The Anna Maria Island Sun Newspaper

Vol. 10 No. 23 - March 3, 2010

reel time

Winter soon to be not-so-fond memory

From the February 24, 2010 Issue
Reel time

PHOTO PROVIDED Captain Scott Moore
holds a healthy snook a client landed
in Charlotte Harbor. Habitat is critical
to the viability of the fishery as well as
tourism, both of which support guides,
boat builders and all business that
line Florida's coasts.

It’s the third week in February and my three decades of experience angling area waters would normally tell me to start looking for snook in shallow waters on area flats. Fishers who study the trends and pay close attention to the seasonal shifts get the jump on most anglers who started targeting linesiders in late March and April. While I won’t be looking for the same scenario this year, I feel spring closing in and know that sooner than later the winter of 2009 and 2010 will be a (not so fond) memory for the record books. There has been colder winter days in this part of Florida in the past few decades, but the stretches of days where the temperatures never made it out of the 40s is historic. The unprecedented cold took its toll on snook and a host of other species that swim local waters. During the worst days in December and January I even saw dead pilchard shiners and mullet.

The temperatures have moderated over the past couple of weeks; although temperatures continue to be lower than average by double digits. Fortunately we haven’t seen another serious fish kill and anglers are reporting some action on trout and an occasional redfish. These two important local species seem to have escaped the worst of the cold weather due to their cold-hearty nature and promise to be one of the most available targets. For now the fish that are active seem to be in deeper water according to Captain Rick Grassett. Grassett has been fishing from Charlotte Harbor to Terra Ceia Bay and finds the best action in and near the waters of the Intercoastal waterways. “There have been a bunch of ladyfish, a few trout and an occasional redfish,” reports Grassett. “I’ve seen very few fish in shallow waters, but I expect that to change when we get some sunny days that warm the flats.”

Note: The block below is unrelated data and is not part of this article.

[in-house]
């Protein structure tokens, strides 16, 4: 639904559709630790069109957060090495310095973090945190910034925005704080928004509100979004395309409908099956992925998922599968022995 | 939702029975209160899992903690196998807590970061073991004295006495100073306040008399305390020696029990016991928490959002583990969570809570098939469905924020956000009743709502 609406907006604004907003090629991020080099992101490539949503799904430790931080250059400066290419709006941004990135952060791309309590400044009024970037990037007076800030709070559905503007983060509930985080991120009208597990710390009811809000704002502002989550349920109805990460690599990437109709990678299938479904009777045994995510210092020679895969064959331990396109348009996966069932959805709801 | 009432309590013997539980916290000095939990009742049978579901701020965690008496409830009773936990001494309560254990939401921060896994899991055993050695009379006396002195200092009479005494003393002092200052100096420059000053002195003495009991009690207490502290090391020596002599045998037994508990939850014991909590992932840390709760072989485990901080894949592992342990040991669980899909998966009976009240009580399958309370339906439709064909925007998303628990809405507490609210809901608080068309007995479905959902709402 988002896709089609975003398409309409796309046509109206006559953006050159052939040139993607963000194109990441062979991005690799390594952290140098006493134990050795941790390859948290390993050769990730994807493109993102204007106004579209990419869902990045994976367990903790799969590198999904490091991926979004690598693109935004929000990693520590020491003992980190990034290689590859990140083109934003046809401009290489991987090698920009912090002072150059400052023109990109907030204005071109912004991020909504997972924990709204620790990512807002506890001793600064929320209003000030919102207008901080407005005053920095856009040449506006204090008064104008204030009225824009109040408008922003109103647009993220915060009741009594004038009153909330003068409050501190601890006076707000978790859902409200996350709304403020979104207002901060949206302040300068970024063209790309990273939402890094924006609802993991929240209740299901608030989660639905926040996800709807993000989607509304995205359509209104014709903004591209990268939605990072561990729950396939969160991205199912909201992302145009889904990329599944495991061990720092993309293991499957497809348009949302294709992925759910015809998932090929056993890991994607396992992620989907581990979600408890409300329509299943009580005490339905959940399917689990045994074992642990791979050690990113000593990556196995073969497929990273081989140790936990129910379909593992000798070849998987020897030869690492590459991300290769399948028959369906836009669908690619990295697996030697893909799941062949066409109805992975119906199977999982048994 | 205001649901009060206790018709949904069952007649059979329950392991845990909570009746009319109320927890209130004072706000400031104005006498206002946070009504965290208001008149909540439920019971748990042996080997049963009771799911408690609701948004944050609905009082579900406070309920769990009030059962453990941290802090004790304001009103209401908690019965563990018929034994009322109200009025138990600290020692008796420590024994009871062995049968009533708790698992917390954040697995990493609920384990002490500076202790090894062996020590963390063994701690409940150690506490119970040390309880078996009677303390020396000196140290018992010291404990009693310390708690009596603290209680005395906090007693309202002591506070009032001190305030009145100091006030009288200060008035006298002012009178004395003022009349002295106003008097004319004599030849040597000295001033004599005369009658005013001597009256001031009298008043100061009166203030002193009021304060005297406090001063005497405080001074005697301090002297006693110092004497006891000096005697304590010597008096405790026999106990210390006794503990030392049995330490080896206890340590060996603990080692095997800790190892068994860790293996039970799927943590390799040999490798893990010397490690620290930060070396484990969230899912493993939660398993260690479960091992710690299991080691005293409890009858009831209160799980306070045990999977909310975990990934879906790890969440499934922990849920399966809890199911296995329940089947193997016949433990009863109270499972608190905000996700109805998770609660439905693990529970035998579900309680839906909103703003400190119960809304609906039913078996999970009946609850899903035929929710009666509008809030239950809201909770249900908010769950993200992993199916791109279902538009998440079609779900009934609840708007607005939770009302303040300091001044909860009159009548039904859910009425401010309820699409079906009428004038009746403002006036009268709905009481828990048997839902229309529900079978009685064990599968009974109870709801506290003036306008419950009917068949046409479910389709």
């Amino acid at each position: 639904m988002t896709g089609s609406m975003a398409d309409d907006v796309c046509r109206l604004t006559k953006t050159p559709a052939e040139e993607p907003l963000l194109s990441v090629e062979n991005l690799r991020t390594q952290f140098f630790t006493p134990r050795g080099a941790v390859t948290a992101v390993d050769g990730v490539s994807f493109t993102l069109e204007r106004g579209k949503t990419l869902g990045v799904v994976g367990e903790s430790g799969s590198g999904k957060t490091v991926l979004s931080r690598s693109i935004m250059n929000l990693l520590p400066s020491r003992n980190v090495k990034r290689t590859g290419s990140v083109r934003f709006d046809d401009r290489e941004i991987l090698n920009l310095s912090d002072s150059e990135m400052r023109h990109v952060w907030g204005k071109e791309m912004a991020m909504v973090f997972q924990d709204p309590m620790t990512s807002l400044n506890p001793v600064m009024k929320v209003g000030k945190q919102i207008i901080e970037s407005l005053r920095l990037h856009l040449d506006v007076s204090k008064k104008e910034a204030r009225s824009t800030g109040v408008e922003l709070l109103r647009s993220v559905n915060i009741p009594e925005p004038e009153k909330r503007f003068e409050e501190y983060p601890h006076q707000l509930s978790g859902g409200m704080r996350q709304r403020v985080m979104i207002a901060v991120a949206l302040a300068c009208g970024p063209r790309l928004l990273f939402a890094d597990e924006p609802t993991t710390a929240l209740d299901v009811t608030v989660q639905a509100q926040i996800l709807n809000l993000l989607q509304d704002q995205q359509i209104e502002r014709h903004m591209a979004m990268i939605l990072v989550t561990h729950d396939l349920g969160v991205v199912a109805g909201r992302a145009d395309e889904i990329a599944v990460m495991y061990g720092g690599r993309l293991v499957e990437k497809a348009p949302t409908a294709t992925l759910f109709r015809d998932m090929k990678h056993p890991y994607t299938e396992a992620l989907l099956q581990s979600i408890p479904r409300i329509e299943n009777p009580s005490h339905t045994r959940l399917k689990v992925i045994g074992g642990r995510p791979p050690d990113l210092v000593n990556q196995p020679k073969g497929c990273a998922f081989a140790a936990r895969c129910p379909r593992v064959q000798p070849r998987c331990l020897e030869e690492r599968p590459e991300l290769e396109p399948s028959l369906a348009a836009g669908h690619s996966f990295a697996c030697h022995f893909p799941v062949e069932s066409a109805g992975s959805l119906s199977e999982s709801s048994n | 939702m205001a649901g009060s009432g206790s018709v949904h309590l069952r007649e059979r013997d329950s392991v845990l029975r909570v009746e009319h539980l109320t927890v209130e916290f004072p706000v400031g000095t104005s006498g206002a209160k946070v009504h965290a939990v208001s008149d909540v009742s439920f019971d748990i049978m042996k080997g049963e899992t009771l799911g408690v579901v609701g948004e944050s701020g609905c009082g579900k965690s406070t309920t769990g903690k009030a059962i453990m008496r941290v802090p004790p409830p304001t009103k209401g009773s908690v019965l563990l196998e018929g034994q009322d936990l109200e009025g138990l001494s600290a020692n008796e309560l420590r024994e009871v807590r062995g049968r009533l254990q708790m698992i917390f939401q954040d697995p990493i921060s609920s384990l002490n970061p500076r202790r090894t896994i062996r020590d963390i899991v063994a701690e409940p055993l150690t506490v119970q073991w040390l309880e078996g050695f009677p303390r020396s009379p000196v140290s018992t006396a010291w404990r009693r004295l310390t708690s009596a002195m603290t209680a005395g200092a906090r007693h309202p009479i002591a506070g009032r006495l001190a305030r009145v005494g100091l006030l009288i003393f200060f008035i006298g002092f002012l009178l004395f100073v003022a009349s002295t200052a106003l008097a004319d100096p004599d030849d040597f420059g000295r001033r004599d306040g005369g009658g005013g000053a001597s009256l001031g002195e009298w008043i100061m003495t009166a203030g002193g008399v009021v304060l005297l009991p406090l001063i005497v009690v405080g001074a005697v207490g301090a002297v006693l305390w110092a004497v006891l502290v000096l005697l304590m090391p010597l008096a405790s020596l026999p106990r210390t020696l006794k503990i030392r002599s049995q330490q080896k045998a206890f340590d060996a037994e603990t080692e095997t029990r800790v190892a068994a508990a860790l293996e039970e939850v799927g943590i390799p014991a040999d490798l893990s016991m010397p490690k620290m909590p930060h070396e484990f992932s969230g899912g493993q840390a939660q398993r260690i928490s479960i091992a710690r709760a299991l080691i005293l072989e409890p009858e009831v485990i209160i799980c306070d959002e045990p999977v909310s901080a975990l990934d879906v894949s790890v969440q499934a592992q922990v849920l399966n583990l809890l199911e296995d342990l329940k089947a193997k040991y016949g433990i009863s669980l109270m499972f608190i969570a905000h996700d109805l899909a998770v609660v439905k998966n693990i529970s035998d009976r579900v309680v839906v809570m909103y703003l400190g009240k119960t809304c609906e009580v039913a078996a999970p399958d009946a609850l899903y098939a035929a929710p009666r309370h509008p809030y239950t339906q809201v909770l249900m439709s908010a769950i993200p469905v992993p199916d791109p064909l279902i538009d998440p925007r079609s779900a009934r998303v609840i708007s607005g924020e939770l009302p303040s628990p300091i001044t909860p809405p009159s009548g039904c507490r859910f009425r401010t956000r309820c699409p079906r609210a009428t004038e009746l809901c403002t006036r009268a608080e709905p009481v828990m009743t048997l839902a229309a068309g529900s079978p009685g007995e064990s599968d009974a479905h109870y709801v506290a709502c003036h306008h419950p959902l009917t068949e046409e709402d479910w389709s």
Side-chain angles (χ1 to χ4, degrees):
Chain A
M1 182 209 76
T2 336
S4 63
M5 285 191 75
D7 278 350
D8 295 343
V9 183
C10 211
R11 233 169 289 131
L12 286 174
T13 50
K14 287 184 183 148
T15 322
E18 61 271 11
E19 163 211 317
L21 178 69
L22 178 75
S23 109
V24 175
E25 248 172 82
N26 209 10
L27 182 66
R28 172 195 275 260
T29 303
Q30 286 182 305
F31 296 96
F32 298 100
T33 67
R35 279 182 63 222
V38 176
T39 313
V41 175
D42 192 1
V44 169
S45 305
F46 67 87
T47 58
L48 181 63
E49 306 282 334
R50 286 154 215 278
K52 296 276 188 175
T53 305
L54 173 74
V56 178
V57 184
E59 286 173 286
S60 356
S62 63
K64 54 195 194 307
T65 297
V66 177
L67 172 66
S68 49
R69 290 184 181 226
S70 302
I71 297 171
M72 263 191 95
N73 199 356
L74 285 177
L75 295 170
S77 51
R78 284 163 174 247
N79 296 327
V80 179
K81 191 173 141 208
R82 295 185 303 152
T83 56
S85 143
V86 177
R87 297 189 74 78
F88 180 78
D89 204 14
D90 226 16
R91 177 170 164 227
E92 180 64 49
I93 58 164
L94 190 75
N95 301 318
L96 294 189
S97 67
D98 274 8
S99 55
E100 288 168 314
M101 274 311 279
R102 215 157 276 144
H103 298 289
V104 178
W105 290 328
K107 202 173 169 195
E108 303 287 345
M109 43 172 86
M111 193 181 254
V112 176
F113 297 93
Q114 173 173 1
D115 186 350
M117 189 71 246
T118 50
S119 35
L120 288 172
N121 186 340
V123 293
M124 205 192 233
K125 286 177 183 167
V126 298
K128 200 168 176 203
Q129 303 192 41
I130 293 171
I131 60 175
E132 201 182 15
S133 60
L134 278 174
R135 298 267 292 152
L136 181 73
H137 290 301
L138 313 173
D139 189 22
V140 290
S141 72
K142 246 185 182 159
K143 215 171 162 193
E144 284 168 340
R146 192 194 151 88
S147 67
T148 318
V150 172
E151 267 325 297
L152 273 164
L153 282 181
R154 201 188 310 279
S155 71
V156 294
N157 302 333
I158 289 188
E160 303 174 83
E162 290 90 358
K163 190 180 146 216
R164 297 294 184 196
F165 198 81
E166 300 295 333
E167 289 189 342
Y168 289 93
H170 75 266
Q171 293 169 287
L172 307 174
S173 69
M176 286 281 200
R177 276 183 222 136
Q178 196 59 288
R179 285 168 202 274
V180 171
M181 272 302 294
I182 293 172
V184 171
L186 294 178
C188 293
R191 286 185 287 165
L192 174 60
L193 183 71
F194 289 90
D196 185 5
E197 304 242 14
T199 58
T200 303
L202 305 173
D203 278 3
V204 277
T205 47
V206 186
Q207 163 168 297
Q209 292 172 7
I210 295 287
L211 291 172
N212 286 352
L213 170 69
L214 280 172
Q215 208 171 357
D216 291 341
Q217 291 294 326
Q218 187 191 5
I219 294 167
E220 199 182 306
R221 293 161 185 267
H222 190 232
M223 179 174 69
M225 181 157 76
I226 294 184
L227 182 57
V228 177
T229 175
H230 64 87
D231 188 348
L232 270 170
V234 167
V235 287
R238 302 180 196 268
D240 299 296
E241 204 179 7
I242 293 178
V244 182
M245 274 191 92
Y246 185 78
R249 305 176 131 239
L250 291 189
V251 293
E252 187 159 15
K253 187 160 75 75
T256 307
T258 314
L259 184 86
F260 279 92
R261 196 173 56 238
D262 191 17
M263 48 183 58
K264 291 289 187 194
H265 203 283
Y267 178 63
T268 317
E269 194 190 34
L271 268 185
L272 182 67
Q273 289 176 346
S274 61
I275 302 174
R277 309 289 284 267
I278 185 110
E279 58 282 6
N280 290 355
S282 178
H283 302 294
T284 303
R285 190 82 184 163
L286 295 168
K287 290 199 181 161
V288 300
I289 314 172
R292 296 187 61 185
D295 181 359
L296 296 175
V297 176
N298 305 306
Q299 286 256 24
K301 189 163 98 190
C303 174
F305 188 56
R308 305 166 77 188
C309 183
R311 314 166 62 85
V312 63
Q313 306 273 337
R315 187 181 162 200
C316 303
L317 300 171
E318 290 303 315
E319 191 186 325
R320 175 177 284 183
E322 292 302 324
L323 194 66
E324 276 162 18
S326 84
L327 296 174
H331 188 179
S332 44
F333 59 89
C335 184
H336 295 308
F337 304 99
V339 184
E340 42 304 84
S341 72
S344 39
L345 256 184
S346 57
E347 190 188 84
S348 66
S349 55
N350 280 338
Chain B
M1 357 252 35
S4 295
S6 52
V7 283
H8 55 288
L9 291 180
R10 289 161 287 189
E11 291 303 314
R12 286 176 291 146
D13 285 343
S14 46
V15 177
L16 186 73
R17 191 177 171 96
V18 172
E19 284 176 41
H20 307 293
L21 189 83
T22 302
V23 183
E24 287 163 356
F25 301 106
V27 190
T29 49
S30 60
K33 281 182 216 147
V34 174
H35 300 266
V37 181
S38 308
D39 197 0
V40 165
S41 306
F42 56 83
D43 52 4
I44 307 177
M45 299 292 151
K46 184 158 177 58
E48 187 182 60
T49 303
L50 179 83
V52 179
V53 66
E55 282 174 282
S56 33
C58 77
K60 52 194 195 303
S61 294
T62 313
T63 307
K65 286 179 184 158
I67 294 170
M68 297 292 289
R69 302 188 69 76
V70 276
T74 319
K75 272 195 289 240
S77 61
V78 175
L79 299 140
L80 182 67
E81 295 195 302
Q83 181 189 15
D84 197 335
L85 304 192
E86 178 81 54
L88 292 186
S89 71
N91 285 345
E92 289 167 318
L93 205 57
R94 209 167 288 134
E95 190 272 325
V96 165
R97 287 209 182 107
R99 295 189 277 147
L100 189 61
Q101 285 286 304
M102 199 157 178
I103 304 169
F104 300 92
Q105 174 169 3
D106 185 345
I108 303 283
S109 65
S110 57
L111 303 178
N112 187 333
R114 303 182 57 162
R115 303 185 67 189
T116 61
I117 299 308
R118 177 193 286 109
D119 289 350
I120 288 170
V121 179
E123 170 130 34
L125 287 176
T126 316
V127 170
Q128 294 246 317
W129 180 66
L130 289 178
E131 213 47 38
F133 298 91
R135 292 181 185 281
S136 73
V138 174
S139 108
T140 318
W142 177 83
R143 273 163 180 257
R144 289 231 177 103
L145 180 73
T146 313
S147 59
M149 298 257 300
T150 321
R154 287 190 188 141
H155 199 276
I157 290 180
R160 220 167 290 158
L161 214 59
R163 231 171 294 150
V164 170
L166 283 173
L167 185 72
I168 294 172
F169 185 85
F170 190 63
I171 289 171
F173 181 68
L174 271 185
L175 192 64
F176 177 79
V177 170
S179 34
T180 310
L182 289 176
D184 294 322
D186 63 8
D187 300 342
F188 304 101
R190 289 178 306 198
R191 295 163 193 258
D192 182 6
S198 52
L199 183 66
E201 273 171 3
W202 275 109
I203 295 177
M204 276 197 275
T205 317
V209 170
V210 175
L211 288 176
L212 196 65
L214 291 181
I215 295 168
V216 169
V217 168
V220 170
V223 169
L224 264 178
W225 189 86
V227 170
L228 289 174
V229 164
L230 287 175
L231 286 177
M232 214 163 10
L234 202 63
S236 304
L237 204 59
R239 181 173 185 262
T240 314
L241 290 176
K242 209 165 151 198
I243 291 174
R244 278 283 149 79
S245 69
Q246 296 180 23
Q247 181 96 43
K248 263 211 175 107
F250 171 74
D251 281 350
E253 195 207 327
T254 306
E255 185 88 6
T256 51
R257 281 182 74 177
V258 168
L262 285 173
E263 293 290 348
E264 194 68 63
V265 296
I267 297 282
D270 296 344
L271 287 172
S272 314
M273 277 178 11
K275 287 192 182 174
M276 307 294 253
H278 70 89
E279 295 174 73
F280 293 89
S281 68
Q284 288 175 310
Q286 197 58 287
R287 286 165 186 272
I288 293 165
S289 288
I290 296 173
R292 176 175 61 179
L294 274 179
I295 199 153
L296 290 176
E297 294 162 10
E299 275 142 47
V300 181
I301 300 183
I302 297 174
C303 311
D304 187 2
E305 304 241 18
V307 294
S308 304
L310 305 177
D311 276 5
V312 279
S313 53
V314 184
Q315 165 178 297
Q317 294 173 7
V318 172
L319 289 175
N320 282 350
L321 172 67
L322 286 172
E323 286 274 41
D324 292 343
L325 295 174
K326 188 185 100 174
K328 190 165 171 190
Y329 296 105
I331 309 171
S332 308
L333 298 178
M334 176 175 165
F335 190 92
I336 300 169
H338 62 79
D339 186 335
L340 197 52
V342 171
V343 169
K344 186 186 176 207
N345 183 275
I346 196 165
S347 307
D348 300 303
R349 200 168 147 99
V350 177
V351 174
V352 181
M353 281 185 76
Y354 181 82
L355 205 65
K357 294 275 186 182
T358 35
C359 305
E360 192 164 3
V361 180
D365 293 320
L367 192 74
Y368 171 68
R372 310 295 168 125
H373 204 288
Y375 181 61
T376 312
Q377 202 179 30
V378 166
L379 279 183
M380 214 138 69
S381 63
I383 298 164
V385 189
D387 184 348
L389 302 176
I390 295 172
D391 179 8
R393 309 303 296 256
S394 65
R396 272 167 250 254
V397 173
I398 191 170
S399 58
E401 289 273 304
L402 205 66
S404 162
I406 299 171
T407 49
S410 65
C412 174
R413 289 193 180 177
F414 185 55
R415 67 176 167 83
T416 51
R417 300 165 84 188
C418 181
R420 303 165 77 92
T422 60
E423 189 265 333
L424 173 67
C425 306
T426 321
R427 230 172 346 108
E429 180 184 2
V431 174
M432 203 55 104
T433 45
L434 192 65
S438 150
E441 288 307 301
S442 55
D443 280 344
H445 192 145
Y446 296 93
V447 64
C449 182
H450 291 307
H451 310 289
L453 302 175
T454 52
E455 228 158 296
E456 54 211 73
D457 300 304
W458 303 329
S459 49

Grassett fishes artificial lures on spin tackle and specializes on fly, but admits that a few guides he knows are doing a bit better with live bait and “scented” lures like Berkley’s Gulp. “Most of the action has been around docks or just soaking bait in deeper water”, says Grassett, “for those who have the patience for that kind of fishing.”

If you haven’t been fishing I would suggest using this time to get your tackle and boat ready for the warm weather that is guaranteed in the next few weeks. It’s one of those scenarios when it will be winter one day and spring the next. It’s anybody’s guess on what we can expect with snook fishing, although I fear they have taken a substantial blow from the cold winter. The hope is that they can rebound as they did from the terrible red tide events a few years back. I fully support the closure of snook fishing this spring and encourage anglers to handle any snook they catch very carefully. I would even go so far as to encourage anglers to avoid targeting snook, giving them a chance to recover. The ones that did survive should produce off-spring that are even more cold tolerant.

The good news in all this is the expectation that species like trout and redfish that seem to have been fairly dormant this winter will feed heavily as waters warm and baitfish invade local estuaries. Add in the annual migration of Spanish mackerel, kingfish, cobia and eventually tarpon and fishermen should have some excellent opportunities in local waters.

It’s worth reminding those who make their living on the water or recharge their batteries there that we have to do a better job at being stewards of the environment. Red tide events and “historic” freezes are part of the natural order, and will continue to be in the future. What has changed is the reduction in water quality and habitat. Stressed species need clean water, seagrass, mangrove roots and estuarine rivers and bays to protect the “young of the year” that replenish stocks. Get involved in making sure elected officials appreciate the value of clean water and habitat. Let them know you support the acquisition of properties like the Robinson Preserve where habitat is being restored. Join organizations like the Snook Foundation ( Sarasota Bay Watch ( and Tampa Bay Watch ( that are active in restoring and creating habitat and awareness.

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